This picture, taken May 28, 2007, shows the flowerstalk on a plant grown by Jon Dixon.
Sinningia cochlearis is closely related to S. gigantifolia.
Because S. gigantifolia has a wider geographical range than S. cochlearis, and the range of S. cochlearis is contained within that of S. gigantifolia, Perret et al. conclude that S. cochlearis has evolved from within S. gigantifolia with specialization for a particular type of environment (open highlands rather than highland forest).
Most sinningia leaves have smooth edges or lightly indented ones, but S. cochlearis is unusual in having distinctly scalloped leaves, as in the picture to the right.
Note how one side of the leaf base overlaps the other side. This slightly spiraled arrangement may be the source of the name of this species (see etymology below).
In this picture you can see Jon Dixon's plant, exhibited in the 2004 San Francisco gesneriad show. Note the "snail-shell" bases of the two leaves (curled in opposite directions).
A little secret here. As in a few of Vermeer's paintings, you can see traces of removed items. In this case, just to the right and above the top flower, are visible the remnants of a plant saucer photoshopped (mostly) out of the picture. The plant was photographed on the show table with other plants nearby.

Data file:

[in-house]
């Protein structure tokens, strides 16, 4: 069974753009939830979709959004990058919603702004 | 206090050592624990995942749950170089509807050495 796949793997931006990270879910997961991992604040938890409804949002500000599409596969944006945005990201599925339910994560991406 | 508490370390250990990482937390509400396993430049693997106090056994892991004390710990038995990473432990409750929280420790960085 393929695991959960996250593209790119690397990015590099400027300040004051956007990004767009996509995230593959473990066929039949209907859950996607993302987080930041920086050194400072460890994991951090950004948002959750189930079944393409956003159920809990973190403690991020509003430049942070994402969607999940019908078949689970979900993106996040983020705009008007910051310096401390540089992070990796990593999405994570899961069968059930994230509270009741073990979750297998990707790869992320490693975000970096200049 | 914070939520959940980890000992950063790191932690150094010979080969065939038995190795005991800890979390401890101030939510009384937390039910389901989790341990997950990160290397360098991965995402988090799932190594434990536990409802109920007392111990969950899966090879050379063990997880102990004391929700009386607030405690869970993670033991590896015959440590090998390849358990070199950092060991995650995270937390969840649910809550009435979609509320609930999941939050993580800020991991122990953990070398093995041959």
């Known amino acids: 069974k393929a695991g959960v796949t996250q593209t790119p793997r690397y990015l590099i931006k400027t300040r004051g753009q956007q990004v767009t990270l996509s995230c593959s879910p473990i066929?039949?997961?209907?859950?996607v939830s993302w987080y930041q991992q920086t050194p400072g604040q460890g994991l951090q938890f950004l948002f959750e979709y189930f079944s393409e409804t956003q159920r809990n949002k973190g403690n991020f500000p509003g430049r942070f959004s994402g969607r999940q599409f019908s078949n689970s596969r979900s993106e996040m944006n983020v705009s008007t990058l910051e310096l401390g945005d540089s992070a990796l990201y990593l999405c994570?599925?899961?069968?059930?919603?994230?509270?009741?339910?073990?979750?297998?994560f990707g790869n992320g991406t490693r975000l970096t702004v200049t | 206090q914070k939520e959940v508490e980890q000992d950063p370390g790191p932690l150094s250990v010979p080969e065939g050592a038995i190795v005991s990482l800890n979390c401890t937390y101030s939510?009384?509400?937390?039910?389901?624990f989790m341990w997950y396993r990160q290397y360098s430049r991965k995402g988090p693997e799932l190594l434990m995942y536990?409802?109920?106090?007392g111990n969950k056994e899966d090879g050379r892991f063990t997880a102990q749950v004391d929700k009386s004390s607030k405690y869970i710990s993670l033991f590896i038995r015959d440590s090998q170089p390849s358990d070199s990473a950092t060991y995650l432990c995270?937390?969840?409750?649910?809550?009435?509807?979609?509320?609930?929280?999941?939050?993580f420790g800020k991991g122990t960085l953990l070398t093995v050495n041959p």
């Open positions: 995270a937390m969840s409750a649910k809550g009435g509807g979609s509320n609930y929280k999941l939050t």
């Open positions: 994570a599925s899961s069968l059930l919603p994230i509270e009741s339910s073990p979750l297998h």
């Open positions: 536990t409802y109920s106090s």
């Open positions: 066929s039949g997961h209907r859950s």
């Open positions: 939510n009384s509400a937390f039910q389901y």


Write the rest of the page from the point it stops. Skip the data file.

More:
I don't photoshop plants themselves. Plants are displayed on these pages as they actually were, warts and all. But sometimes I remove distracting background elements.
|Stem more or less upright.
|Green, scalloped, cordate
|Leaves fully deciduous. Stems die back to one or two nodes above previous year's abscission point.
|Flowers on extended axis
|Blooms in summer
|I have no data yet
|In a subgroup with S. gigantifolia within the Sinningia clade.
Hooker, 1840, as Gesneria cochlearis. Chautems transferred it to Sinningia in 1990.
Etymology: Latin cochlea means "snail".
Presumably, the reference is to the way one side of the leaf base overlaps the other side. See the picture above.